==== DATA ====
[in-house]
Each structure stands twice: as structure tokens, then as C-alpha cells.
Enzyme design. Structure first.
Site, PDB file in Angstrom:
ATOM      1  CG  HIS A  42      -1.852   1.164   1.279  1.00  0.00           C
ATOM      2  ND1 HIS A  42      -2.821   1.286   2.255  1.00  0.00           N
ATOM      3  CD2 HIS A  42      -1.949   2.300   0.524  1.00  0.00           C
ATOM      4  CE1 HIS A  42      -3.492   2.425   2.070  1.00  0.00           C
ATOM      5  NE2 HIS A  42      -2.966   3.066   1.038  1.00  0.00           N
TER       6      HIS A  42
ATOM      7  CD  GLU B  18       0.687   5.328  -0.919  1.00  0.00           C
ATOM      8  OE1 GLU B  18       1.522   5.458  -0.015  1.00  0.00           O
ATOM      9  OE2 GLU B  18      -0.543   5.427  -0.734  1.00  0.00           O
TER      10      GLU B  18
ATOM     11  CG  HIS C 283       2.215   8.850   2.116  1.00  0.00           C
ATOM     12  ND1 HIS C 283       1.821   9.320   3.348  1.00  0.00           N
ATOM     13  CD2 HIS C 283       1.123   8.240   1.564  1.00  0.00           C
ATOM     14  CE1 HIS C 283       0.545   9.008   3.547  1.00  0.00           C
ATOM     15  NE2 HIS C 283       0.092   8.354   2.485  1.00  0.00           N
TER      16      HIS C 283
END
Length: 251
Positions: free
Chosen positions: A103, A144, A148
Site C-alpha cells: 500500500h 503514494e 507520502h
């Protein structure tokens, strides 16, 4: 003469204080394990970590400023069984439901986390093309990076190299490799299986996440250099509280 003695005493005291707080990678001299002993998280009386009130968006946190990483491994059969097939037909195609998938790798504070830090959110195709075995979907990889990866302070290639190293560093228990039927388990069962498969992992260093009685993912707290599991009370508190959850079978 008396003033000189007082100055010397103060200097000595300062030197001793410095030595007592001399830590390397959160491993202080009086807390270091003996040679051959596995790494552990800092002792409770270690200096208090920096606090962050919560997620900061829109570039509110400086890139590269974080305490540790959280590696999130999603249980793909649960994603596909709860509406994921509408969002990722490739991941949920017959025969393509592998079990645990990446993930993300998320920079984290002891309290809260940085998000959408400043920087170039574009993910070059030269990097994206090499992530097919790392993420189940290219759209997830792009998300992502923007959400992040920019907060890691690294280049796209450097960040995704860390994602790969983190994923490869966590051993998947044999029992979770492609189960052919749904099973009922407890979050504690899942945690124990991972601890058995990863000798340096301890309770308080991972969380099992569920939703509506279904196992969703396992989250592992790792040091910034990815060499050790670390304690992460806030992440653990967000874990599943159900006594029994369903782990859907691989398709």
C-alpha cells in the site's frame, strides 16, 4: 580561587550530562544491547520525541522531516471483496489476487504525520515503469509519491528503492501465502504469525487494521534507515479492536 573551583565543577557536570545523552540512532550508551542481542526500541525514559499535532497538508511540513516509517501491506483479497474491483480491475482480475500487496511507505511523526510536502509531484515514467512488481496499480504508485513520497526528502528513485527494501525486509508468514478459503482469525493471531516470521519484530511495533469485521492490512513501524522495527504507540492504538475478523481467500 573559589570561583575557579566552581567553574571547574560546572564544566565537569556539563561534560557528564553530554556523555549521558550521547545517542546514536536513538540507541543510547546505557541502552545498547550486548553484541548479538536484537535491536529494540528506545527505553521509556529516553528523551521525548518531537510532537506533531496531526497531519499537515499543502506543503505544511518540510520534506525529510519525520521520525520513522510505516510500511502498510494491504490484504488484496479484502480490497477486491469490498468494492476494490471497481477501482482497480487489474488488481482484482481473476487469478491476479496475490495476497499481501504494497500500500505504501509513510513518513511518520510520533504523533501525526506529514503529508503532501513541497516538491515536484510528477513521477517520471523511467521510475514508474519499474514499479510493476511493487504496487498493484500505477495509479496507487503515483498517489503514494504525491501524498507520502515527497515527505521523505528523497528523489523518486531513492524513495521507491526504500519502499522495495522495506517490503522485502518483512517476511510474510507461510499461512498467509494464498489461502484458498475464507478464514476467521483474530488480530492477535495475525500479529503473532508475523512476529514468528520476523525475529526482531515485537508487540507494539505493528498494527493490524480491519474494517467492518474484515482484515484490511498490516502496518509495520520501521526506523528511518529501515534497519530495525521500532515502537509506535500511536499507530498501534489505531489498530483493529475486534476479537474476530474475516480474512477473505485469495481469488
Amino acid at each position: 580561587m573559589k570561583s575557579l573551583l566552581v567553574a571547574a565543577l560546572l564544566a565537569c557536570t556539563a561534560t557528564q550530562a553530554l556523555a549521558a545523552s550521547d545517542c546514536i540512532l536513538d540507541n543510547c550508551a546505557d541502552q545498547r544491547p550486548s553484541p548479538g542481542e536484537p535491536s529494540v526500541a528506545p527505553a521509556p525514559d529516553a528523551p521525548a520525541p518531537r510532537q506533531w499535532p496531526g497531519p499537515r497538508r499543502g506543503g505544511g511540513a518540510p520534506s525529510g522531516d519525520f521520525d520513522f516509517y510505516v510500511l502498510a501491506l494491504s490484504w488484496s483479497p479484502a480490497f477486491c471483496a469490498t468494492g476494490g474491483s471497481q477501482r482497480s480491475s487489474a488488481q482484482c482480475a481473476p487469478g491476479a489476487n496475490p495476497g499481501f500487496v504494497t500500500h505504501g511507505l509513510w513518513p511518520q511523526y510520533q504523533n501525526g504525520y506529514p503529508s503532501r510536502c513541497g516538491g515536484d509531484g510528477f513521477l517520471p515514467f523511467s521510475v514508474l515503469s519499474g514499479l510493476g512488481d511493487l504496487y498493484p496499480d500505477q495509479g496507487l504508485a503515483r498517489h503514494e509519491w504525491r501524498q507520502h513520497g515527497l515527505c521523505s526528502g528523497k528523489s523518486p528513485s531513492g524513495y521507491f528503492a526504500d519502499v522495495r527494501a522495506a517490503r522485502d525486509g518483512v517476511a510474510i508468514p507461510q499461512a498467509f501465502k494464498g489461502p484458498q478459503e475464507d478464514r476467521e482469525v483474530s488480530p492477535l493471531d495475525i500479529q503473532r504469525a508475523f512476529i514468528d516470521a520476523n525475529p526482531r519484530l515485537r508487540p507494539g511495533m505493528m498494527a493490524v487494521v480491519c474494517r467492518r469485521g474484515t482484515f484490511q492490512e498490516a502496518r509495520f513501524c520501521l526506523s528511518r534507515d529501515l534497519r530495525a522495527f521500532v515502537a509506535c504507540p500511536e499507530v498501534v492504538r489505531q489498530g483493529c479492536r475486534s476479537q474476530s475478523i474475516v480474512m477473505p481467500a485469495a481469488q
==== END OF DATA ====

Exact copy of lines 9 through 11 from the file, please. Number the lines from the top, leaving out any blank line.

ATOM      5  NE2 HIS A  42      -2.966   3.066   1.038  1.00  0.00           N
TER       6      HIS A  42
ATOM      7  CD  GLU B  18       0.687   5.328  -0.919  1.00  0.00           C